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Discussion Starter #1
Here is a good visual explanation on how to take successful tank pictures. Pictures are taken from Aqua Journal but are worth passing along. This project was done on small cube (10G or so) but same principle applies to bigger tanks.

1. Use black cardboard to create L shape space.


2. Place tank in the middle of provided space.


3. Important step !!. Make sure your canopy or given covering fixture is NOT leaking any light. DIY fixtures are usually done with available/cheap materials and most of the time are responsible for not attractive full-tank photos. One could fix this by taping already available canopy and covering light leaks in the front, sides and back !!!!.


4. Use of styrofoam boxes becomes very convenient here since cutting circles or other shapes is fairly easy.


5. Cut circle, rectangle, square or whatever shape you need to fit your light source.


6. Place the light.


7. Put the light ON and check for leaks. There shouldn't be any light coming out of the canopy !!!!!.


8. Final picture.
 

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Discussion Starter #3
HanshaSuro said:
So would you say that most pro tank shots are not taken with the lighting used to grow the tank?
Perfect example of a pro tank and pro photography would by Takashi Amano. Here is one of his photography setups.



But average photographer could add couple more bulbs, use cheap Halogen light (make sure you set White Balance manually), increased ISO setting (don't do it too high or you will get NOISE) and you will get great photo.
 

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Any tips on Digital camera settings for best photos. I am using a Canon A70 with the standard lenses. Settings like flash, F stop and apeture settings would be helpful, atlesaat maybe a place to start. I wil post a pic later of what I have taken so far. It is a 10 gallon tanks and I light it for photos with 4x15watt NOflorescent tubes. One 6700K, one 8000K and 2 9325k tubes.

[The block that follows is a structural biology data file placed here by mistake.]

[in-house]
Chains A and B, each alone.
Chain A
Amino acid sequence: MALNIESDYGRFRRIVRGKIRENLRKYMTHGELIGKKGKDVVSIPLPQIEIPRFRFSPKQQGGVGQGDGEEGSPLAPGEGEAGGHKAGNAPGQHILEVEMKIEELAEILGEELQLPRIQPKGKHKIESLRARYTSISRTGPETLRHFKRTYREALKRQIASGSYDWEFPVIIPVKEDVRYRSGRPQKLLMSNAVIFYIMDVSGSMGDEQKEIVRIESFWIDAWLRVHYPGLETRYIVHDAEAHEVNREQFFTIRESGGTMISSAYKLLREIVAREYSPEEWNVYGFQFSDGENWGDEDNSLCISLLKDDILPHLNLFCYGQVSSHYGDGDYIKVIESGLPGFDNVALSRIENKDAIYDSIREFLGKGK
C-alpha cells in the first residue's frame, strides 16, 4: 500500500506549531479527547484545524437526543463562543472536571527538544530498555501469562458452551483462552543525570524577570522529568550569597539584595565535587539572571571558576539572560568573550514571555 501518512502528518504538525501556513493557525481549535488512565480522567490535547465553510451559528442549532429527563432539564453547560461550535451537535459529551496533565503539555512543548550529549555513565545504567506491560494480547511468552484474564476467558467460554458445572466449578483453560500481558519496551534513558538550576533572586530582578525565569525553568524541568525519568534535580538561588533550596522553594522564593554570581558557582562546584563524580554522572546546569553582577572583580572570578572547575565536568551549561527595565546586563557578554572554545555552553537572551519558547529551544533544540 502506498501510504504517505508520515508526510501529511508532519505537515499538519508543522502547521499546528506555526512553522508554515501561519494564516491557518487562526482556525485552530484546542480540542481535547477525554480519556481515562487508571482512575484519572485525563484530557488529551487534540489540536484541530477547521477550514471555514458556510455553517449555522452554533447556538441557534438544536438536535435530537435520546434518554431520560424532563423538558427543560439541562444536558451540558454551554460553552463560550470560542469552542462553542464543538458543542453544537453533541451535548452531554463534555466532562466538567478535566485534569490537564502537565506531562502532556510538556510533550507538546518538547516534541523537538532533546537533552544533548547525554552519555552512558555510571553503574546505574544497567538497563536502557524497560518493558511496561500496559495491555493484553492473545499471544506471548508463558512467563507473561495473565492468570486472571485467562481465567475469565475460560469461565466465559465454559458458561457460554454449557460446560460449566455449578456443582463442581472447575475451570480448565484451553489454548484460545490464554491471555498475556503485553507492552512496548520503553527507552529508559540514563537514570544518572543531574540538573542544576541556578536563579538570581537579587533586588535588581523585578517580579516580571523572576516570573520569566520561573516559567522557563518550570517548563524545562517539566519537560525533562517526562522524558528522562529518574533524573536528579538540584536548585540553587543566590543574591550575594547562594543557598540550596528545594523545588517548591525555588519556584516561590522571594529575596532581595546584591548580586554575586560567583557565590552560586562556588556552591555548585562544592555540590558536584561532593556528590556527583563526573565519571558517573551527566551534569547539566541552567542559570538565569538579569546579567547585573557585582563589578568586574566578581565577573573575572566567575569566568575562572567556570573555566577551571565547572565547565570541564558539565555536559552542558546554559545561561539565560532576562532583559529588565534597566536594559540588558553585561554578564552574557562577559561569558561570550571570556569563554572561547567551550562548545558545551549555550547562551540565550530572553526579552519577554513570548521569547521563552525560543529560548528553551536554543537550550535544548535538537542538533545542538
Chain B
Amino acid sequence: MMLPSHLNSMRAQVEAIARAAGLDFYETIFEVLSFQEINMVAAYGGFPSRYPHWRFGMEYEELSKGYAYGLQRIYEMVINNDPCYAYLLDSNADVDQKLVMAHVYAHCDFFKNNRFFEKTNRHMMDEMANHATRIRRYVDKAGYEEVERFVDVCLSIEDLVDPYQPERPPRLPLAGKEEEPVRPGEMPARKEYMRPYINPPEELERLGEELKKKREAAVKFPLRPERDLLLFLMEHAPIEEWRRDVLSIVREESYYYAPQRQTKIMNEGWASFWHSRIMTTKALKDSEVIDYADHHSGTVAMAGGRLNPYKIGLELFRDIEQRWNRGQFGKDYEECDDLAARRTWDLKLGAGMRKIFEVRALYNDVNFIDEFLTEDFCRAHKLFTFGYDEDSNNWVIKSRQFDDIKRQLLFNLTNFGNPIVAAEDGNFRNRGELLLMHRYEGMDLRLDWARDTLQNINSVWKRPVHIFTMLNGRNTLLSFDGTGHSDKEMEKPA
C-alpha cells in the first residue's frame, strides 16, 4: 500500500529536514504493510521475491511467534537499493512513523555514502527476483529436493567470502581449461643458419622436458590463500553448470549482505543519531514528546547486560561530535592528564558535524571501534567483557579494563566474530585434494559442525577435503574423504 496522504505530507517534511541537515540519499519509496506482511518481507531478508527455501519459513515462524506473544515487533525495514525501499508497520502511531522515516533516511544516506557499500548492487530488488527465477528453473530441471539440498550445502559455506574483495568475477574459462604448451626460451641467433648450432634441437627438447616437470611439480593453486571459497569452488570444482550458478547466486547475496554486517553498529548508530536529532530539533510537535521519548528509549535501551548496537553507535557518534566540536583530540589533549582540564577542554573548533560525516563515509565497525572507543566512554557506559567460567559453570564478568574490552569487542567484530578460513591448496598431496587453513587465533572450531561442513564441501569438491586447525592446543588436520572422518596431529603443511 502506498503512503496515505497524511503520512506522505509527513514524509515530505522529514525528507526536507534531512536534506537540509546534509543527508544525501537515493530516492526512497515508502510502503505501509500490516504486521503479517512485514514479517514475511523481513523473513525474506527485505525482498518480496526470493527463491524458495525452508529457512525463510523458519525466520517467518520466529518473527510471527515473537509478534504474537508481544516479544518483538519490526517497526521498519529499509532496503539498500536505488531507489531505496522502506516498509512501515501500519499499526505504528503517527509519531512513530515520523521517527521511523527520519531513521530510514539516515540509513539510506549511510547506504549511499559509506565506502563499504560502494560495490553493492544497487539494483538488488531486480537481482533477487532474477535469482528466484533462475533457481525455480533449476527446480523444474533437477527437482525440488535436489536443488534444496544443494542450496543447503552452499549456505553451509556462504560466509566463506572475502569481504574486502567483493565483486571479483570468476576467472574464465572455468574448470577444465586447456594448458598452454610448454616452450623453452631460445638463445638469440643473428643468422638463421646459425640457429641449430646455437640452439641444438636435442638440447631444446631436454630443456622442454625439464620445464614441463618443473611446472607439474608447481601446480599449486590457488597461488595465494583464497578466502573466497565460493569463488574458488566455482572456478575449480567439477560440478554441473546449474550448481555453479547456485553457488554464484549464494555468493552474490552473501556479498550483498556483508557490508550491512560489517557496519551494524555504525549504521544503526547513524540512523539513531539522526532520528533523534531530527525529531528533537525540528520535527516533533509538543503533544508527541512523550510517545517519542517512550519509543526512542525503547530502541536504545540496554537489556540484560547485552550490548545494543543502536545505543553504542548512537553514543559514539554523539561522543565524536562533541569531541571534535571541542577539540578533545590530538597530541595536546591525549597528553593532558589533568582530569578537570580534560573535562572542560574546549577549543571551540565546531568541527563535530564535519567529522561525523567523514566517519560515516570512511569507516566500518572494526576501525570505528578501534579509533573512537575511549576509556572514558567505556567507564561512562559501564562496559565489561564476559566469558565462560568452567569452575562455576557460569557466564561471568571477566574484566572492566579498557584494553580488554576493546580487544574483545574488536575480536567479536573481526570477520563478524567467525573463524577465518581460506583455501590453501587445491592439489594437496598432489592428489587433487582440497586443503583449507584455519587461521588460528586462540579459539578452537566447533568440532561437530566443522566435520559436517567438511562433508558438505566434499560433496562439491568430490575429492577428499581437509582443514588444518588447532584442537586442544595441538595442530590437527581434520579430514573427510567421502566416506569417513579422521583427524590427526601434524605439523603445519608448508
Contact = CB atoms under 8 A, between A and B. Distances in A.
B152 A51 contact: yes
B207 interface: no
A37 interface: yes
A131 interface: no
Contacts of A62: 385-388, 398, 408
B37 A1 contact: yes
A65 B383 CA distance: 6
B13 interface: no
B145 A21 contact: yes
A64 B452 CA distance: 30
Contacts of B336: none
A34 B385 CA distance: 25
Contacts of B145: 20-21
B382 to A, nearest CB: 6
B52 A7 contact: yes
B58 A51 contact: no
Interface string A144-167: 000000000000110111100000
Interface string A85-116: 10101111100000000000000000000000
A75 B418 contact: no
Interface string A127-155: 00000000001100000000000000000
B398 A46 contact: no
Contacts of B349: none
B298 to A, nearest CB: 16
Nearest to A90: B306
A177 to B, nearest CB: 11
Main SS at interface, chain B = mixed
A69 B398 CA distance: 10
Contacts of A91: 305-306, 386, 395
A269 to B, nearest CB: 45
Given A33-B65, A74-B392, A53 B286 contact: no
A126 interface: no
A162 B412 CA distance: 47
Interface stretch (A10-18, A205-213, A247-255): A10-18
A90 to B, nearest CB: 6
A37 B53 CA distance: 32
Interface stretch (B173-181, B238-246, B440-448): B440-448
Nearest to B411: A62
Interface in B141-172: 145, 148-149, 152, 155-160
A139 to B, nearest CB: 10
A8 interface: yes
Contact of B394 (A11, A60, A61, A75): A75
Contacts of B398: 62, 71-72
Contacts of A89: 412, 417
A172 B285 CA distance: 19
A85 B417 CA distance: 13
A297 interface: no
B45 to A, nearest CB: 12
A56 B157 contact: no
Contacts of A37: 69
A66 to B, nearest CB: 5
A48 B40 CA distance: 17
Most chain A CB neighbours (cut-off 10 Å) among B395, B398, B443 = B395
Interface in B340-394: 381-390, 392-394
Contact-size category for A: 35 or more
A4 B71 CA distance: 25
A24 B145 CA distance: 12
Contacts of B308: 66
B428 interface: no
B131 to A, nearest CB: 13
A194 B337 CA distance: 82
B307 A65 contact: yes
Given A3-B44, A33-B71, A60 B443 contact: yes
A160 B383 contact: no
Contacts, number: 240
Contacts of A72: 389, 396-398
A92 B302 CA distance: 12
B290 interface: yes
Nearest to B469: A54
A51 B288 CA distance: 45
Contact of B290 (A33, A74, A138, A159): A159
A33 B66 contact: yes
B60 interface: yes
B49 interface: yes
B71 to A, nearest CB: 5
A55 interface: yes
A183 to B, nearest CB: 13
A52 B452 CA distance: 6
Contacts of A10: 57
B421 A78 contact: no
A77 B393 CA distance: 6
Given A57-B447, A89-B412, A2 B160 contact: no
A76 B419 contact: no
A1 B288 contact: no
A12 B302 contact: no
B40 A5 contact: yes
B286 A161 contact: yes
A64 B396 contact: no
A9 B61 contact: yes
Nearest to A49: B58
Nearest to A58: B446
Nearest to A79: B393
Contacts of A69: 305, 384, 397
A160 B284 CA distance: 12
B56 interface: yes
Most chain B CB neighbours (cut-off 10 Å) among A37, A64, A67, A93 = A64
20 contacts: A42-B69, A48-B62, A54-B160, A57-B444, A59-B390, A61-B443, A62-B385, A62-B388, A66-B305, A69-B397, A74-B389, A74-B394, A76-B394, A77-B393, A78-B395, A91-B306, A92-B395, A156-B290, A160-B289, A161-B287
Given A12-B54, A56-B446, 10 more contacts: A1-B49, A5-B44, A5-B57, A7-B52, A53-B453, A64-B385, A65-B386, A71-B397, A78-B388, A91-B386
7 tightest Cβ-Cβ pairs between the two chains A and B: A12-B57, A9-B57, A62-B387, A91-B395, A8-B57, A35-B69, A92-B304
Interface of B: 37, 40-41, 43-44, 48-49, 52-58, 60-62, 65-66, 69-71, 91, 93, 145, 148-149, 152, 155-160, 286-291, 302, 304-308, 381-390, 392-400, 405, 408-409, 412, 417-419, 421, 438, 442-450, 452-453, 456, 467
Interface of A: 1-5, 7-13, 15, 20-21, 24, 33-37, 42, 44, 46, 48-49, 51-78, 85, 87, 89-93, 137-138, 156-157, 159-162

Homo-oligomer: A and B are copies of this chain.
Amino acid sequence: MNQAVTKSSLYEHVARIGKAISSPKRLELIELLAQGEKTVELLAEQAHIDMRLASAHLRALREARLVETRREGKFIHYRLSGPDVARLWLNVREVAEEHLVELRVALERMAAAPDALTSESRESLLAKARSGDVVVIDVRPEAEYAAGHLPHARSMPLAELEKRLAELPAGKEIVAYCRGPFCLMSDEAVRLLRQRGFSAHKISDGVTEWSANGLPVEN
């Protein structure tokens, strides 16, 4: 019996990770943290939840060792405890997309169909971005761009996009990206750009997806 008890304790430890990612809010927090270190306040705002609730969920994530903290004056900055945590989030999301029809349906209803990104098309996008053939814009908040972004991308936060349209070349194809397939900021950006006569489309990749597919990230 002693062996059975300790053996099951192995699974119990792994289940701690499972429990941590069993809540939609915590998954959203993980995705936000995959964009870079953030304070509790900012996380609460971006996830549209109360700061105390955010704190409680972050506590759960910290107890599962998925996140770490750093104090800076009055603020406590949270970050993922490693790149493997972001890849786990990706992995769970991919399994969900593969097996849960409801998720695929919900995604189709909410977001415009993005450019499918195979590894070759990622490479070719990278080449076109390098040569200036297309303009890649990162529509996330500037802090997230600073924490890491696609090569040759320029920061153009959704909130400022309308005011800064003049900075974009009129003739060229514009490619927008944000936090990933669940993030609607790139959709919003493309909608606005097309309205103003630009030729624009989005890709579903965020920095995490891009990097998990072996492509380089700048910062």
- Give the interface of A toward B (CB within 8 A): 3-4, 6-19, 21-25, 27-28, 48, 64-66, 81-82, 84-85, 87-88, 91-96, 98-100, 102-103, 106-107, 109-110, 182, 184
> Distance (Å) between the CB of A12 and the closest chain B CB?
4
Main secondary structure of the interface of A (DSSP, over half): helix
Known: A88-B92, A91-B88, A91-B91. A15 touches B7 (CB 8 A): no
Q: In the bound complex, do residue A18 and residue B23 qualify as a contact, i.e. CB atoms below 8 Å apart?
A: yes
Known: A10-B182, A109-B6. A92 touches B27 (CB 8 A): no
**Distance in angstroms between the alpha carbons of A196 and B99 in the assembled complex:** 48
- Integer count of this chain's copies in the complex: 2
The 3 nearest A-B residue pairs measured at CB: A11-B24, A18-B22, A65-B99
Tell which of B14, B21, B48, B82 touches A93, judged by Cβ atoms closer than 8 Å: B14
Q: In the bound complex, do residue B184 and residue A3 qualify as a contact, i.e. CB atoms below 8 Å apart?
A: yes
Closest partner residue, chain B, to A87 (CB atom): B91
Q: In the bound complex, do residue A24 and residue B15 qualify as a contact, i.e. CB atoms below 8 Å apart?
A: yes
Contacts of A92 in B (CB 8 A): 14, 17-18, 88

This is probably my best pic. Any tips?
 

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Discussion Starter #5
Dennis,

Did you setup White Balance manually ?. It looks like you are missing some reds but it could be just my monitor.

1. Please follow my comments from other topic. I already see major problem with overexposed tips Hygrophila polysperma

I would strongly recommend Contrast Masking which could be done in PhotoShop.

http://www.greenstouch.com/various/aquarium_photography.pdf

Please read this article as well

Understanding Contrast Masking
http://www.luminous-landscape.com/tutorials/understanding-series/u-contrast-masking.shtml

2. I would try to get even angles on your side glass or at least crop the picture so you don't the sides.

3. Not sure if you are going for blurry-fish effect or your shutter speed wasn't fast enough.

Increase shutter speed --> increased light --> snap the picture.
 

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Sorry jay, I can't resist....
...after you have finished crapping the picture, you may want to crop it a little as well :wink:


I agree, I use the same camera (A70) and it looks like you need to set manual white balance and increase shutter speed to underexpose it a little. Keep in mind you can do a lot with an underexposed photo where as you can do very little to overexposed areas. Other than that, good shot!

Also, if you stand back more with the camera, the sides will be less visible and at a lower angle than when shooting up close, this will also increase depth of field which can make focusing a little easier as well, not that you have any focus problems with the current shot. Most of my full tank shots are taken from about 12 feet away, using the zoom to get up close.